USING AUTOS NOW TO TEACH PHYSICS
The New York Times
April 12, 1914
Study of Motor Car Lends New Interest in Colleges and High Schools to "Dry" Subject.
TO SPREAD THE WORK
Professors at Columbia Interested in Innovation Now Used in Eighteen Institutions.
Two professors from Columbia University, after an investigation of the methods employed at the Bloomington, Ind., University High School of the application of the automobile to the study of physics, are now working on a plan to make this course a regular feature in high schools all over the United States. The two professors, George D. Strayer and Thomas H. Briggs, are working out a scheme to make the high school course of study more attractive. The practical use of the automobile in the heretofore dry study of physics promises to make this study one of the most attractive in high schools.
In their endeavor to make the feature a success J. J. Cole, President of an Indianapolis motor car company, has promised every assistance, and in this his efforts are being seconded by other automobile manufacturers in the United States. They and parts makers stand ready to lend automobile chassis, carburetors, axles, motors, and other component parts of a motor car, and the services of automobile engineers. Over a year ago Prof. R. F. Myers of Bloomington conferred with Mr. Cole and secured enough copies of the technical bulletin issued by his factory for each student in his school to have one. Then the factory began supplementing this by the loan of chassis and by sending engineers to Bloomington, until to-day the thirty-four co-eds and twenty-two boys in Prof. Myer's class are very proficient in the study of the automobile.
There are now four colleges in the country and fourteen high schools that apply the study of the automobile to create interest in physics and use the technical bulletin for text books. It is now expected that within two years the course will be a general one in high schools. Prof. Myers says that to the average high school pupil's mind an automobile is something that runs and gives pleasure. But what makes it run, the functions of the various parts of the machinery, gas expansion, its electrical appliances, &c., have been a mystery. The Hoosier professor contends that as the automobile is to be an important factor in many students' future that they should know just as much about it as the three R's.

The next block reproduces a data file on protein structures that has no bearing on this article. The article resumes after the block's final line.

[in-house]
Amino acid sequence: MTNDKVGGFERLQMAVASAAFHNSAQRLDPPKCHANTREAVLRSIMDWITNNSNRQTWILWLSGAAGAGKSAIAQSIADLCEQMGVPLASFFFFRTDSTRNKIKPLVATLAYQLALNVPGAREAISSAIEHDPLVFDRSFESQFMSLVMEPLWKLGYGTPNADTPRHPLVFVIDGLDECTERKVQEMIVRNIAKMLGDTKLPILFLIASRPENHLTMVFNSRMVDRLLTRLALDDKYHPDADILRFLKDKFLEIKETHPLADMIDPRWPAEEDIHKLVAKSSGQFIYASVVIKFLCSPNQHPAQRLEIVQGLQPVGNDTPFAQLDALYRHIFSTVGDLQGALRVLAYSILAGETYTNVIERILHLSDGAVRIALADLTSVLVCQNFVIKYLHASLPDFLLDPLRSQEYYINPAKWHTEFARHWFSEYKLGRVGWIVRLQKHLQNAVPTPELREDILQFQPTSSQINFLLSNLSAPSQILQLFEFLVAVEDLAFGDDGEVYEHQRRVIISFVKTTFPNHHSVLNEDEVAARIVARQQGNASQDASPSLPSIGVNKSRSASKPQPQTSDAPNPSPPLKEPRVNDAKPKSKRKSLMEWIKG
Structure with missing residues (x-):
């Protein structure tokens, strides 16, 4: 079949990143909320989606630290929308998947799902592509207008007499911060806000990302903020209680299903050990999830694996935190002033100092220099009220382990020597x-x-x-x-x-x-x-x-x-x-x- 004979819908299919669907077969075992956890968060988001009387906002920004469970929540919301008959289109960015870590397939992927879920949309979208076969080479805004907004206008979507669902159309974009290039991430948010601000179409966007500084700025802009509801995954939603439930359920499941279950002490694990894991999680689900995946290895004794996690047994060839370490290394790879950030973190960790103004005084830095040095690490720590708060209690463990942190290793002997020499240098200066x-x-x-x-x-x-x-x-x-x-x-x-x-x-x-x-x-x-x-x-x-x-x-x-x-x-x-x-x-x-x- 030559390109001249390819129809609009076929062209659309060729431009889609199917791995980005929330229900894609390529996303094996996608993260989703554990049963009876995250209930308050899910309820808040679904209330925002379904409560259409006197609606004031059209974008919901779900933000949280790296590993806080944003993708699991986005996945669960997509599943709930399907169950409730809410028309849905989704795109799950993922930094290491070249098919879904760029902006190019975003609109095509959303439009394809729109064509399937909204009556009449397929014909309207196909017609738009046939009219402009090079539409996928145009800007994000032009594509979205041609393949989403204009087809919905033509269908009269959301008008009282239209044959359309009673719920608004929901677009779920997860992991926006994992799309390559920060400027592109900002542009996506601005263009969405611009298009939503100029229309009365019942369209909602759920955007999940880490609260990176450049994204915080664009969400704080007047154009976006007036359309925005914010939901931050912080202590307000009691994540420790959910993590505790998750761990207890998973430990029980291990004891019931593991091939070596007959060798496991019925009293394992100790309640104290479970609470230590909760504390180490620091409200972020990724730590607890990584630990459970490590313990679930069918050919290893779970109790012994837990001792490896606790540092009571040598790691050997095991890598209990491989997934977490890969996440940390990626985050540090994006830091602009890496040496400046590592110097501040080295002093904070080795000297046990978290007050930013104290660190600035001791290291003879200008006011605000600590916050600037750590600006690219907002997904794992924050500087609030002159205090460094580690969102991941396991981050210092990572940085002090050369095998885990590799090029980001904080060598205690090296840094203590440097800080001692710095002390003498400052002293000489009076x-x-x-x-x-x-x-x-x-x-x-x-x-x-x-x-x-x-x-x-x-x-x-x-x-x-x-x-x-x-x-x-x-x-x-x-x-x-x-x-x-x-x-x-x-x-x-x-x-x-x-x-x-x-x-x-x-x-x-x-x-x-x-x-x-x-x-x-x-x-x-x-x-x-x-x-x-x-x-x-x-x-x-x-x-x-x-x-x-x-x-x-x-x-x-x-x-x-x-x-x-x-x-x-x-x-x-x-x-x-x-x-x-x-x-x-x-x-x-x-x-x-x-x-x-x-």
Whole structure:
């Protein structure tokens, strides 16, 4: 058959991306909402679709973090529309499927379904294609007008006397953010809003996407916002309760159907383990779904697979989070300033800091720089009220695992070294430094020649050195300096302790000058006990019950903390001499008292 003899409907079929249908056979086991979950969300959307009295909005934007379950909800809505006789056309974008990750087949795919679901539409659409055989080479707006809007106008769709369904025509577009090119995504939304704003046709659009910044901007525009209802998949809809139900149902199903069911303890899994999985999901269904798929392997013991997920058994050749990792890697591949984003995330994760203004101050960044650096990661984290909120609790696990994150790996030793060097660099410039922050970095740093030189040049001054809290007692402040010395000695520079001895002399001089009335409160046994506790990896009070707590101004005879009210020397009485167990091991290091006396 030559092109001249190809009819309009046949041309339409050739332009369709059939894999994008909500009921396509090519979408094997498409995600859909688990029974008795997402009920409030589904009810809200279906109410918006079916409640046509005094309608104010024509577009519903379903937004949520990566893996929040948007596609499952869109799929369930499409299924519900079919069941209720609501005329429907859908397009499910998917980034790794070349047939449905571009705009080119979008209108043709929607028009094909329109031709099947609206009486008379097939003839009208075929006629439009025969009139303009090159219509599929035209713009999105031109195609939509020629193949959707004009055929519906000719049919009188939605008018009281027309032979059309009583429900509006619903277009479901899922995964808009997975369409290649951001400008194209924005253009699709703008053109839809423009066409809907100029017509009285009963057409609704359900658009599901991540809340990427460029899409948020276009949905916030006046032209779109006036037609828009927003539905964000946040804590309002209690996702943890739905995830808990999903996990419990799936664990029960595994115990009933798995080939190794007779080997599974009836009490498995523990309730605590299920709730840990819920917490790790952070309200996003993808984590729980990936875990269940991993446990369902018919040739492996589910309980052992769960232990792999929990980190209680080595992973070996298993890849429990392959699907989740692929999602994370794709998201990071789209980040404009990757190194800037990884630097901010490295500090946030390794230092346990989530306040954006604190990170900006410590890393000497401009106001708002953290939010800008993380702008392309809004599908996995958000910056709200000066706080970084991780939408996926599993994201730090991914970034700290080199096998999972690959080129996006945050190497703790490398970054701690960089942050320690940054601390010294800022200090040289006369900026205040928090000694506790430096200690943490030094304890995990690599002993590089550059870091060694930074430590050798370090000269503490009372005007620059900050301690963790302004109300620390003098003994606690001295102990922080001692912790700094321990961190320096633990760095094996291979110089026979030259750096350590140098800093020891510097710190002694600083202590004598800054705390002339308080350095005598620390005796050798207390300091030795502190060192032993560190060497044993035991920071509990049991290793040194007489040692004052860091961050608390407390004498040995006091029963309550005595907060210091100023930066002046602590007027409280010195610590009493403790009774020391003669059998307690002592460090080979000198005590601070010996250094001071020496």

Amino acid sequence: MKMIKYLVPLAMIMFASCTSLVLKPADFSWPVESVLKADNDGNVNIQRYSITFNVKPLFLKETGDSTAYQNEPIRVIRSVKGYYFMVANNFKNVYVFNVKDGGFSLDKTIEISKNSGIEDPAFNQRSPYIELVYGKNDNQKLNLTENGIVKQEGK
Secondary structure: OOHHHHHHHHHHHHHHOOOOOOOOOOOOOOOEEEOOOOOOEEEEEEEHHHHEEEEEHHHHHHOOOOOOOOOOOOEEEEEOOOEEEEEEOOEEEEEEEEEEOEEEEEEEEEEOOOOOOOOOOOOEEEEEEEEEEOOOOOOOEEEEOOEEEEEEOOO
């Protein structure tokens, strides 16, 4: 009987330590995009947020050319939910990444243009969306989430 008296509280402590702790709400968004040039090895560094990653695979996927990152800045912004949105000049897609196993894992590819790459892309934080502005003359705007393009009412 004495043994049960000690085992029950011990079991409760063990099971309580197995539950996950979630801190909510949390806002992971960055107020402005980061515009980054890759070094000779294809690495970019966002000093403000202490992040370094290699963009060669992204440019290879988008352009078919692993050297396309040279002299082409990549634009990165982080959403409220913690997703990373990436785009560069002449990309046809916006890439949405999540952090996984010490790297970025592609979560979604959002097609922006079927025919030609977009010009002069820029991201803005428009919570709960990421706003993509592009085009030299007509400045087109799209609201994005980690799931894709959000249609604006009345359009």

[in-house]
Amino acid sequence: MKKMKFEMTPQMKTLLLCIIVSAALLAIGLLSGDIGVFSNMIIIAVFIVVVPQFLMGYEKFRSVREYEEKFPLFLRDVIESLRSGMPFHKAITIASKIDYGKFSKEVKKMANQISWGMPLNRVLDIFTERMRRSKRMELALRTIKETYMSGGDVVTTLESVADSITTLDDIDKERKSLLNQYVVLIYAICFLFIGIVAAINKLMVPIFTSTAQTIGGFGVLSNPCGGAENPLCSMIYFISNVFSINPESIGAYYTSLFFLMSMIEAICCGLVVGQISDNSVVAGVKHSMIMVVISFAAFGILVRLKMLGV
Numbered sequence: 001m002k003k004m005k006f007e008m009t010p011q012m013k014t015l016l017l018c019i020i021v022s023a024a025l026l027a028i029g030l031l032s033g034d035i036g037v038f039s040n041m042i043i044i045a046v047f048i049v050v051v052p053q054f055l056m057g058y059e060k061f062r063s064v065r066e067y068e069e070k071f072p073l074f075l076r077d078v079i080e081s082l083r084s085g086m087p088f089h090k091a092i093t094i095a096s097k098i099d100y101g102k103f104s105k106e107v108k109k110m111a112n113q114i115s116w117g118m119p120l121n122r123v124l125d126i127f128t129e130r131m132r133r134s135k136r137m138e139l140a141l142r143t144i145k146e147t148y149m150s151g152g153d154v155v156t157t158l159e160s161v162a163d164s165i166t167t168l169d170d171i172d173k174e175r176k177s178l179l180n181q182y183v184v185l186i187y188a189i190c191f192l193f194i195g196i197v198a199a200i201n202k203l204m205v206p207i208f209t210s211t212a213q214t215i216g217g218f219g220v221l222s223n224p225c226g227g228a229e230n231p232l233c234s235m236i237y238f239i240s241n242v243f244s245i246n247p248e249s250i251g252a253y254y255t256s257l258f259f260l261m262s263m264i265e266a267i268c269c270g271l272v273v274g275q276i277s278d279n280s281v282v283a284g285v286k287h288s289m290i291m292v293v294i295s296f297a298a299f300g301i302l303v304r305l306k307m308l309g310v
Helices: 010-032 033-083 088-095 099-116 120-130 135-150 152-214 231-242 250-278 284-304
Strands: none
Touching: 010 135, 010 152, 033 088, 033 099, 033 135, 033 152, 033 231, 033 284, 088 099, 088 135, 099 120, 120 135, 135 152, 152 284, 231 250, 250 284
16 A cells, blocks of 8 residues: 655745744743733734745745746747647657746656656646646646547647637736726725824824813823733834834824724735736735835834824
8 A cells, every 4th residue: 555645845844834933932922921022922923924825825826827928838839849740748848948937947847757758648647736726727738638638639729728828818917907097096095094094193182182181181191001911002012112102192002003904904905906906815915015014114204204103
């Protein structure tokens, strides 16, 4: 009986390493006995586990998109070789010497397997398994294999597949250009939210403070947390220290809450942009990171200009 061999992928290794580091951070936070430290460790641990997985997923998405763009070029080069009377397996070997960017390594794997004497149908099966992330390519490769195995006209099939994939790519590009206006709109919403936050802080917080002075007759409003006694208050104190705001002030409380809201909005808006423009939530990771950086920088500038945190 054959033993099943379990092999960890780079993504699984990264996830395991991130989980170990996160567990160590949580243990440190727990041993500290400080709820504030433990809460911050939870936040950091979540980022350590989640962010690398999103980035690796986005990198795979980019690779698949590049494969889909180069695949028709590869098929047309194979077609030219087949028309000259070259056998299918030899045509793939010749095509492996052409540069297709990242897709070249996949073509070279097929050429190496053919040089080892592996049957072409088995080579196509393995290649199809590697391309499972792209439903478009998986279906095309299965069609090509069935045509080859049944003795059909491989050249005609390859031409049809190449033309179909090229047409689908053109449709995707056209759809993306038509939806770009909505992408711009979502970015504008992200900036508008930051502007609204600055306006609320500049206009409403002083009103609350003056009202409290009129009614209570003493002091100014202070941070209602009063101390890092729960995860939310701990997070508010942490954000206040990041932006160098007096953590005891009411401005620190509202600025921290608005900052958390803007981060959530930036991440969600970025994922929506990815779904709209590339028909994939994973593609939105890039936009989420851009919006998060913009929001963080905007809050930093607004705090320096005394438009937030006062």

It is understood also that in the Columbia University professor's report will be a paragraph recommending the installation of a department at Teachers College, whereby those students who intend to become high school professors shall know the automobile as well as any other subject.
"In the application of the automobile to the study of physics," said William L. Colt of the Eastern distributors of the company issuing the technical bulletin last week, "the student gets close to his study. While at Indianapolis recently I heard assistant engineer Covert of the factory in a lecture to 168 students at the Shortridge High School. Of this number sixty-seven were girls. He told them of the gas engine dating from the year 1678, when the first one was run by gunpowder. He brought the class through to the present date, showing how the business had grown until last year there were 250,000 automobiles manufactured at a cost approximating $225,000,000. He explained the difference between two and four cycle engines and the different types of valves. The students traced gasoline from the time it left the tank until it exploded."
The plan to help the school teacher in this work is non-competitive and all manufacturers are being asked to render assistance to make it a success.
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